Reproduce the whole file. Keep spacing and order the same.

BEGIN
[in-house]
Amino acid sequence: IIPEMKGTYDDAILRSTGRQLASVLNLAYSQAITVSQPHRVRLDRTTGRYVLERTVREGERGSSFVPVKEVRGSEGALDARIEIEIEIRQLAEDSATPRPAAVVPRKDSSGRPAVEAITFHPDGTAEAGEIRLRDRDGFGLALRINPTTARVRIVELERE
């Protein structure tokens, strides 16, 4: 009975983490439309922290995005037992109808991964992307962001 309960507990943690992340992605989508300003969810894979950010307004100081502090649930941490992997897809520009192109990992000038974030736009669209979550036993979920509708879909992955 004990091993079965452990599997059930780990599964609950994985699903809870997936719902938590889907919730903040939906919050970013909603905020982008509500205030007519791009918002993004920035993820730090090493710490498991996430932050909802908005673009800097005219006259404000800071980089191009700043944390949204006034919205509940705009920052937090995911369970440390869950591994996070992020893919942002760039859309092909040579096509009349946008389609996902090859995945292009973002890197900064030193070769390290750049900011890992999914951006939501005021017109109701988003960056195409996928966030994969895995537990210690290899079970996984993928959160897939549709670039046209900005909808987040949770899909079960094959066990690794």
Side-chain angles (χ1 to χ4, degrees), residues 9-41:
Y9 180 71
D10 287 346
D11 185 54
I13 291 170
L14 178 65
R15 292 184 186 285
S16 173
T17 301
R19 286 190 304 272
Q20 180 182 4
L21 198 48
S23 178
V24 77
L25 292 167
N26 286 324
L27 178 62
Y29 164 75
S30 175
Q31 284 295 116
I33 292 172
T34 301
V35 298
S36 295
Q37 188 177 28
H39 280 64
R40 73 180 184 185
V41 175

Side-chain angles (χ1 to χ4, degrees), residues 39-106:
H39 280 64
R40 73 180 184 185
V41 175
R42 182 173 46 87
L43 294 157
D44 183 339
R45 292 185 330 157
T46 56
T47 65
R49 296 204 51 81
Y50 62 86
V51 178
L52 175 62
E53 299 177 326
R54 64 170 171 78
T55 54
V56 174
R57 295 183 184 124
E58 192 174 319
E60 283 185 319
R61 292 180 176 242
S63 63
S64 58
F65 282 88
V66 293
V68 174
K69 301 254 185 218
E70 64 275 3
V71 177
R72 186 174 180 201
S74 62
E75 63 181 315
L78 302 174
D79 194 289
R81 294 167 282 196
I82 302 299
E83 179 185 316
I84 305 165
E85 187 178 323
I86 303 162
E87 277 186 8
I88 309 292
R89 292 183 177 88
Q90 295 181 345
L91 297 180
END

[in-house]
Amino acid sequence: IIPEMKGTYDDAILRSTGRQLASVLNLAYSQAITVSQPHRVRLDRTTGRYVLERTVREGERGSSFVPVKEVRGSEGALDARIEIEIEIRQLAEDSATPRPAAVVPRKDSSGRPAVEAITFHPDGTAEAGEIRLRDRDGFGLALRINPTTARVRIVELERE
């Protein structure tokens, strides 16, 4: 009975983490439309922290995005037992109808991964992307962001 309960507990943690992340992605989508300003969810894979950010307004100081502090649930941490992997897809520009192109990992000038974030736009669209979550036993979920509708879909992955 004990091993079965452990599997059930780990599964609950994985699903809870997936719902938590889907919730903040939906919050970013909603905020982008509500205030007519791009918002993004920035993820730090090493710490498991996430932050909802908005673009800097005219006259404000800071980089191009700043944390949204006034919205509940705009920052937090995911369970440390869950591994996070992020893919942002760039859309092909040579096509009349946008389609996902090859995945292009973002890197900064030193070769390290750049900011890992999914951006939501005021017109109701988003960056195409996928966030994969895995537990210690290899079970996984993928959160897939549709670039046209900005909808987040949770899909079960094959066990690794």
Side-chain angles (χ1 to χ4, degrees), residues 9-41:
Y9 180 71
D10 287 346
D11 185 54
I13 291 170
L14 178 65
R15 292 184 186 285
S16 173
T17 301
R19 286 190 304 272
Q20 180 182 4
L21 198 48
S23 178
V24 77
L25 292 167
N26 286 324
L27 178 62
Y29 164 75
S30 175
Q31 284 295 116
I33 292 172
T34 301
V35 298
S36 295
Q37 188 177 28
H39 280 64
R40 73 180 184 185
V41 175

Side-chain angles (χ1 to χ4, degrees), residues 39-106:
H39 280 64
R40 73 180 184 185
V41 175
R42 182 173 46 87
L43 294 157
D44 183 339
R45 292 185 330 157
T46 56
T47 65
R49 296 204 51 81
Y50 62 86
V51 178
L52 175 62
E53 299 177 326
R54 64 170 171 78
T55 54
V56 174
R57 295 183 184 124
E58 192 174 319
E60 283 185 319
R61 292 180 176 242
S63 63
S64 58
F65 282 88
V66 293
V68 174
K69 301 254 185 218
E70 64 275 3
V71 177
R72 186 174 180 201
S74 62
E75 63 181 315
L78 302 174
D79 194 289
R81 294 167 282 196
I82 302 299
E83 179 185 316
I84 305 165
E85 187 178 323
I86 303 162
E87 277 186 8
I88 309 292
R89 292 183 177 88
Q90 295 181 345
L91 297 180